SPI Seeing Some Nice Performance Optimizations With Linux 6.0

Written by Michael Larabel in Hardware on 2 August 2022 at 12:00 PM EDT. 1 Comment
Performance tuning work to the Linux kernel's Serial Peripheral Interface (SPI) subsystem will pay off for embedded systems and other SPI-heavy platforms with Linux 6.0.

For systems making heavy use of the SPI bus, Linux 6.0 should be an exciting update. SPI subsystem maintainer Mark Brown wrote in yesterday's SPI updates for Linux 6.0:
The big update this time around is some excellent work from David Jander who went through the fast path and really eliminated overheads, meaning that we are seeing a huge reduction in the time spent between transfers for single threaded clients. Benchmarking has been coming out at about a halving of overhead which is clearly visible in system level usage that stresses SPI like some CAN and IIO applications, especially with small transfers. Thanks to David for taking the time to drill down into this and push the work upstream.

David Jander's work is with the Netherlands-based Protonic. Across a number of patches are various SPI overhead reductions / performance optimizations. He also provided further optimizations for SPI's fast path.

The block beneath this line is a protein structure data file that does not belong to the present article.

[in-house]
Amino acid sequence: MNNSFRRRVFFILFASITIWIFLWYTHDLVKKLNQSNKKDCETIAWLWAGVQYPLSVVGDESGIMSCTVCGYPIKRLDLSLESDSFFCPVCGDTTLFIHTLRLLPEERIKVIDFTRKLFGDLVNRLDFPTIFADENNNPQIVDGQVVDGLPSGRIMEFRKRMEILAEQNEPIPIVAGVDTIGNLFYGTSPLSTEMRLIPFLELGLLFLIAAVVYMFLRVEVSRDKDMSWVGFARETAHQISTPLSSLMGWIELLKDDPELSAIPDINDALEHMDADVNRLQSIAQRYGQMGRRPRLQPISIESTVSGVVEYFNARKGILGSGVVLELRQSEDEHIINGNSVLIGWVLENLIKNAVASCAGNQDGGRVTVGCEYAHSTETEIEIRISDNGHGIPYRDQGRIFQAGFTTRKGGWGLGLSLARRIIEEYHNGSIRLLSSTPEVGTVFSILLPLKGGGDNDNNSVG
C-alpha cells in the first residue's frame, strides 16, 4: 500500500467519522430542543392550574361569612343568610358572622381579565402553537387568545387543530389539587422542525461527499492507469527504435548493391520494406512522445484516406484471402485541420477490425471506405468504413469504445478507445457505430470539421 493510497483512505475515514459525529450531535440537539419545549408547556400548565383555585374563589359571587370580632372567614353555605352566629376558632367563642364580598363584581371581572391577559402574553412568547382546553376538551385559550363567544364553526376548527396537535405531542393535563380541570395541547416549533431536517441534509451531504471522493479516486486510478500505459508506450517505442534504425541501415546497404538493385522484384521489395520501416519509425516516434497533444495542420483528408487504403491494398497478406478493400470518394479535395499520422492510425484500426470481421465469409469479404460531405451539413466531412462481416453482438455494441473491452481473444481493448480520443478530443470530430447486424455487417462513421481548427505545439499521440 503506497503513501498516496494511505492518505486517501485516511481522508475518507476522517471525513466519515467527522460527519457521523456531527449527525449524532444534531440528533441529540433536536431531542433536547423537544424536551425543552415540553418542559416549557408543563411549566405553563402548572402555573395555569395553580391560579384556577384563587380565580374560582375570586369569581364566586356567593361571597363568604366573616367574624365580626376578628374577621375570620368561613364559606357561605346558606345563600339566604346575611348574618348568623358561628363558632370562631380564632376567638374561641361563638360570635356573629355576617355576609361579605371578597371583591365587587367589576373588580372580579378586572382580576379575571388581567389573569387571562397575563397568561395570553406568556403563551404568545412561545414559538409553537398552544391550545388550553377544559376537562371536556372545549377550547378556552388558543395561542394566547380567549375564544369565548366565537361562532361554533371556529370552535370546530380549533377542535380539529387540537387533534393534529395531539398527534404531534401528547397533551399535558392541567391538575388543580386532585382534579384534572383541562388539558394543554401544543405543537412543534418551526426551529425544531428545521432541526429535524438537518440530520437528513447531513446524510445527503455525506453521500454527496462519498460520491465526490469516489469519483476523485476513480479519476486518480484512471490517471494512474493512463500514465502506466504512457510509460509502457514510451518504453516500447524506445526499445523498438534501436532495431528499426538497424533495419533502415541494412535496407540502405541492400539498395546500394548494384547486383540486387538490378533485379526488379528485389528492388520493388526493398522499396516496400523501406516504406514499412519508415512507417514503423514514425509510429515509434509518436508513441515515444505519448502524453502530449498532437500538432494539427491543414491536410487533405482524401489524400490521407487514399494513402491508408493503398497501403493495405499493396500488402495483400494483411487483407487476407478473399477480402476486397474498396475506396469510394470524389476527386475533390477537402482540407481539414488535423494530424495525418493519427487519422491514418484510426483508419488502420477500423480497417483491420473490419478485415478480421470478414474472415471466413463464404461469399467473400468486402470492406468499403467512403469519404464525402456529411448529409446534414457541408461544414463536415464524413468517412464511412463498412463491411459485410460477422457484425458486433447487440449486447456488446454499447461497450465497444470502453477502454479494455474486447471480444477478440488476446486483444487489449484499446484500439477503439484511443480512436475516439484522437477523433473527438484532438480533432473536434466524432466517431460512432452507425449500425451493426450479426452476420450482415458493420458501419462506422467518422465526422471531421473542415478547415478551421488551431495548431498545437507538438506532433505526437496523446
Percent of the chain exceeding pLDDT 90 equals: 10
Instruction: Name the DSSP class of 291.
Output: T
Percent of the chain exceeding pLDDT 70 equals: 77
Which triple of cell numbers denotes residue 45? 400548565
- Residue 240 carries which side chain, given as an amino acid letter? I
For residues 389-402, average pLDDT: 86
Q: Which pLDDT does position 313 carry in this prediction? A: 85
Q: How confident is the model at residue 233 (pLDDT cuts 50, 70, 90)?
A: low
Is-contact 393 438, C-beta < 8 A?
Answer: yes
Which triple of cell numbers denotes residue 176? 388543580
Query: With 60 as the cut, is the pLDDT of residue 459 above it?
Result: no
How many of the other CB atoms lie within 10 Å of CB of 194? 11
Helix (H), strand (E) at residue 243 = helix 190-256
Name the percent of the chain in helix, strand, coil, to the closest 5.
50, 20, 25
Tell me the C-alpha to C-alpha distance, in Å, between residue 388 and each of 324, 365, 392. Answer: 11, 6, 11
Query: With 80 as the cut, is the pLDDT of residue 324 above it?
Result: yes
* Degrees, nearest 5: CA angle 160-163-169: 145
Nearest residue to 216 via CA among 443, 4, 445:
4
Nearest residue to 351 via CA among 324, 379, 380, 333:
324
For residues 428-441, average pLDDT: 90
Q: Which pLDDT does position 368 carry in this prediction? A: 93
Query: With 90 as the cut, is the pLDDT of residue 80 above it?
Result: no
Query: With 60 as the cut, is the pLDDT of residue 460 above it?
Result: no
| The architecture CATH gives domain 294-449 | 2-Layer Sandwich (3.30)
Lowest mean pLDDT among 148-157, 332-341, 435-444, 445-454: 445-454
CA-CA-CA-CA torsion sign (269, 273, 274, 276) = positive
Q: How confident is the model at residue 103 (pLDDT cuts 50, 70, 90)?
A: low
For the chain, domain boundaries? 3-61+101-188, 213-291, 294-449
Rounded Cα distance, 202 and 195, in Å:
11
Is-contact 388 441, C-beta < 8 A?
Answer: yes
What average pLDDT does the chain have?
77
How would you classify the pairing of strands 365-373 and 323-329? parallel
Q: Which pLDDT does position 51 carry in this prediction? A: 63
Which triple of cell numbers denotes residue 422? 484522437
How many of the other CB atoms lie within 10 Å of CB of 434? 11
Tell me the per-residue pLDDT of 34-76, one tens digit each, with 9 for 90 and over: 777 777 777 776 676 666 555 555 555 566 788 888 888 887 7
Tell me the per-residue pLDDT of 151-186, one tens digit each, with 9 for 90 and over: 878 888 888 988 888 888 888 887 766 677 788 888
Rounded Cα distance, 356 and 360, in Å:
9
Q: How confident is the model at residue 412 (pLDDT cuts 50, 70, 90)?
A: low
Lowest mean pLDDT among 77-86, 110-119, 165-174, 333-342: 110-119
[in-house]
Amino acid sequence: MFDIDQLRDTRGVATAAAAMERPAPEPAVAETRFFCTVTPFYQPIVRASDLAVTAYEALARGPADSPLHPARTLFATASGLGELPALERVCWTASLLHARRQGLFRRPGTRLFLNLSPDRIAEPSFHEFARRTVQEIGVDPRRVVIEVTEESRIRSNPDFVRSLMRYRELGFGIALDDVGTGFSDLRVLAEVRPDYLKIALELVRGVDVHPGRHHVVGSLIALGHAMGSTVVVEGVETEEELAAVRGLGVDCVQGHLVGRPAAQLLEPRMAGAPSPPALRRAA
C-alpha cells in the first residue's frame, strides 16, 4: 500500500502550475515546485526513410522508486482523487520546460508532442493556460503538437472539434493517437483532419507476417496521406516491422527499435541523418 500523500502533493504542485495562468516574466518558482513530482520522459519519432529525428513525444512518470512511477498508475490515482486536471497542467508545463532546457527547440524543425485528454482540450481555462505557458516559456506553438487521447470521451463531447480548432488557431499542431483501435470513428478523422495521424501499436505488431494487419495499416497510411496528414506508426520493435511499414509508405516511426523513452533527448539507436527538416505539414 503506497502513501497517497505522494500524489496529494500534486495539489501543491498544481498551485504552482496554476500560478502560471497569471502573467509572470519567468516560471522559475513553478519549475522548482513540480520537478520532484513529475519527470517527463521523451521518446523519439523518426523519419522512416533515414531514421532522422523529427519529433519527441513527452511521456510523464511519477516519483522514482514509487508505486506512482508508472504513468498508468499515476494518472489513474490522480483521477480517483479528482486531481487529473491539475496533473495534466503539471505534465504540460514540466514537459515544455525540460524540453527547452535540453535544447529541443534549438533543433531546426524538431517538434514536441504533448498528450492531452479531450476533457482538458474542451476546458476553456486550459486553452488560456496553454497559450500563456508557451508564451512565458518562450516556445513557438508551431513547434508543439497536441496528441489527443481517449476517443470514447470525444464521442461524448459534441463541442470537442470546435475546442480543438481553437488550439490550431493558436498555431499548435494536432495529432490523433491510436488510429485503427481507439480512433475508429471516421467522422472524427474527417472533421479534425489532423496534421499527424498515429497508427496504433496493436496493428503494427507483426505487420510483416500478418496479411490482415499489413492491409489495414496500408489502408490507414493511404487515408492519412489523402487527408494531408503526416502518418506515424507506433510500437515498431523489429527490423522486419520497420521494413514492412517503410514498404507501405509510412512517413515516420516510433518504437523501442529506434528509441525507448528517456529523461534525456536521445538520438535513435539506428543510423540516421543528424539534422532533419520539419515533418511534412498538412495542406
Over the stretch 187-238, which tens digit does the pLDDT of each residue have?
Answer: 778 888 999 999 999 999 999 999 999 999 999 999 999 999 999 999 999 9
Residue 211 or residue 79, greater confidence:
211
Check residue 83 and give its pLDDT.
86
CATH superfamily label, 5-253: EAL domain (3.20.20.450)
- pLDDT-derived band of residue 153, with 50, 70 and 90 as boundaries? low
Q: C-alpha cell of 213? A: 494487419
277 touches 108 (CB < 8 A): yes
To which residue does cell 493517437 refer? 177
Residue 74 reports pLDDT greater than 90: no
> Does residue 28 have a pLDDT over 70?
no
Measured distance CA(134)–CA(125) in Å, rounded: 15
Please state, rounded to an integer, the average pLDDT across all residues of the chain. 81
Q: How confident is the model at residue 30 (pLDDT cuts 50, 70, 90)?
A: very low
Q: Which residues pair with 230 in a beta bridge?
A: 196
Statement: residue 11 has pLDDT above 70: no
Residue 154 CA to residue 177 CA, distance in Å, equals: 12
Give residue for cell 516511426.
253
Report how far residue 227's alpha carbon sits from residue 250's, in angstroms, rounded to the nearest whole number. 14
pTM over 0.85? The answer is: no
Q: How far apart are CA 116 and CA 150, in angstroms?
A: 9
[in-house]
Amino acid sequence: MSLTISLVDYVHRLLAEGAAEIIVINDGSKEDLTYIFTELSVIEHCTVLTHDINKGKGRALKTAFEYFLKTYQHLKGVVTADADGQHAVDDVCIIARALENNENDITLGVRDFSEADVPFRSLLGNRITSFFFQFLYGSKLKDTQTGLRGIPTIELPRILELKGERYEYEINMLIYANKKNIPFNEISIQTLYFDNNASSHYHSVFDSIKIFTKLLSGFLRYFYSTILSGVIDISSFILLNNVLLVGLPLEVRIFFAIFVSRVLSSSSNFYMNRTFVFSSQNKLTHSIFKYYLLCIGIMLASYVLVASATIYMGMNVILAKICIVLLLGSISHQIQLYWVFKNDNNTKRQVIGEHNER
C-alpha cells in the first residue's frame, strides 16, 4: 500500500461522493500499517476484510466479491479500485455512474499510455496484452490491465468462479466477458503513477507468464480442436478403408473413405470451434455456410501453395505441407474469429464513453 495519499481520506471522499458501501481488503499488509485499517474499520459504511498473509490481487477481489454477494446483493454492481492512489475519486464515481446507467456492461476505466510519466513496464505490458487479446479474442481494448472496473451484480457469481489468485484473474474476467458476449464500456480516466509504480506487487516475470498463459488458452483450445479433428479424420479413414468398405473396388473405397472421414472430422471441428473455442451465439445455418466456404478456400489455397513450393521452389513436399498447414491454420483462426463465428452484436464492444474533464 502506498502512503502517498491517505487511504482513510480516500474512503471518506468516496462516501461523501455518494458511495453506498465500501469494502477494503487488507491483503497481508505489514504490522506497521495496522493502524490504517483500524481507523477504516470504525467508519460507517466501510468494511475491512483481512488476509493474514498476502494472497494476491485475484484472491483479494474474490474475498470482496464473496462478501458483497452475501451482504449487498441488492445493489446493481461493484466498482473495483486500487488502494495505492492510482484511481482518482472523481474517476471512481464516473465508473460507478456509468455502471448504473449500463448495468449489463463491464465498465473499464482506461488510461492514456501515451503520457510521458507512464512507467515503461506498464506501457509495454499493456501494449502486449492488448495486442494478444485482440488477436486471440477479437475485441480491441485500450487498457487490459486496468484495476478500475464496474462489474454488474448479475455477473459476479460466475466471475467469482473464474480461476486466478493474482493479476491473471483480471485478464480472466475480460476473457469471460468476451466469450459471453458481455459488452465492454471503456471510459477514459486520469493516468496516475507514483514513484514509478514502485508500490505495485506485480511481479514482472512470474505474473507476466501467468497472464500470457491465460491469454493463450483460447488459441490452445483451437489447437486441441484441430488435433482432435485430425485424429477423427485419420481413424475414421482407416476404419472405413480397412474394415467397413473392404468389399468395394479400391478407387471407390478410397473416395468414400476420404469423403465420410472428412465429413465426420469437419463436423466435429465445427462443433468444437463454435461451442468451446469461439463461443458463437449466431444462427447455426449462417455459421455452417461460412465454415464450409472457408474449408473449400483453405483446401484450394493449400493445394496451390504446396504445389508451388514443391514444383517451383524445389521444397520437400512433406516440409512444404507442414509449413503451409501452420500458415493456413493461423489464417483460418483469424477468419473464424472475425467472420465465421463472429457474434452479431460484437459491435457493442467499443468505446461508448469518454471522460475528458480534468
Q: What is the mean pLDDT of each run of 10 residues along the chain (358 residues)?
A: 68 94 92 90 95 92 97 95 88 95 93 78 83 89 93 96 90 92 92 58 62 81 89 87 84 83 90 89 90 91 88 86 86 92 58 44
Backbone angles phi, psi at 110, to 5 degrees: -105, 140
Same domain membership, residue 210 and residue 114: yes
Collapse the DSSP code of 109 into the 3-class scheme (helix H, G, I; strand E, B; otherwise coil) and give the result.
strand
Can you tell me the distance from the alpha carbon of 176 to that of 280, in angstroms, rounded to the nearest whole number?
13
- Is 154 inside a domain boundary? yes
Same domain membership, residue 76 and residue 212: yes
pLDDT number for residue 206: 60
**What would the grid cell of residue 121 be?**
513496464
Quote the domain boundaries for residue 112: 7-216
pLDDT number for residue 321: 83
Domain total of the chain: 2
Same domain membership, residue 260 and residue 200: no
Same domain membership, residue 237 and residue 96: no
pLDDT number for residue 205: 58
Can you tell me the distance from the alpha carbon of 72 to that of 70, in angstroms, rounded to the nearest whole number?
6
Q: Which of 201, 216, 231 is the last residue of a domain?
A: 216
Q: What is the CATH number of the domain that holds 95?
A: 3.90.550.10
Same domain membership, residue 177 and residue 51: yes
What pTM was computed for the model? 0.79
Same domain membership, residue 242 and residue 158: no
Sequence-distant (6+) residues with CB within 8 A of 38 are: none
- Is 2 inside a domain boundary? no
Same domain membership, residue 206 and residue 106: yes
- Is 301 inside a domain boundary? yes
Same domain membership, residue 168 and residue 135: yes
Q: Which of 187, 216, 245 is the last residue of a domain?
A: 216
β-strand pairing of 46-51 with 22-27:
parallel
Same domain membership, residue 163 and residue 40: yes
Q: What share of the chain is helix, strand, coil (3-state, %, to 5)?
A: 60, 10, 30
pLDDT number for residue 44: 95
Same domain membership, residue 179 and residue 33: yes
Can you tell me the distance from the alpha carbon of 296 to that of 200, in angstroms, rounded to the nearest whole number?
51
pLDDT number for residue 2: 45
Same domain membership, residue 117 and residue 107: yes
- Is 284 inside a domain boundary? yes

The SPI changes for Linux 6.0 also include support for Intel Meteor Lake, Intel Thunder Bay, MediaTek's MT8188 / MT8365 SoCs, Microchip FPGAs, Samsung Exynos Auto v9 and 4210 SoCs, and NVIDIA Tegra241 support.
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Michael Larabel is the principal author of Phoronix.com and founded the site in 2004 with a focus on enriching the Linux hardware experience. Michael has written more than 20,000 articles covering the state of Linux hardware support, Linux performance, graphics drivers, and other topics. Michael is also the lead developer of the Phoronix Test Suite, Phoromatic, and OpenBenchmarking.org automated benchmarking software. He can be followed via Twitter, LinkedIn, or contacted via MichaelLarabel.com.

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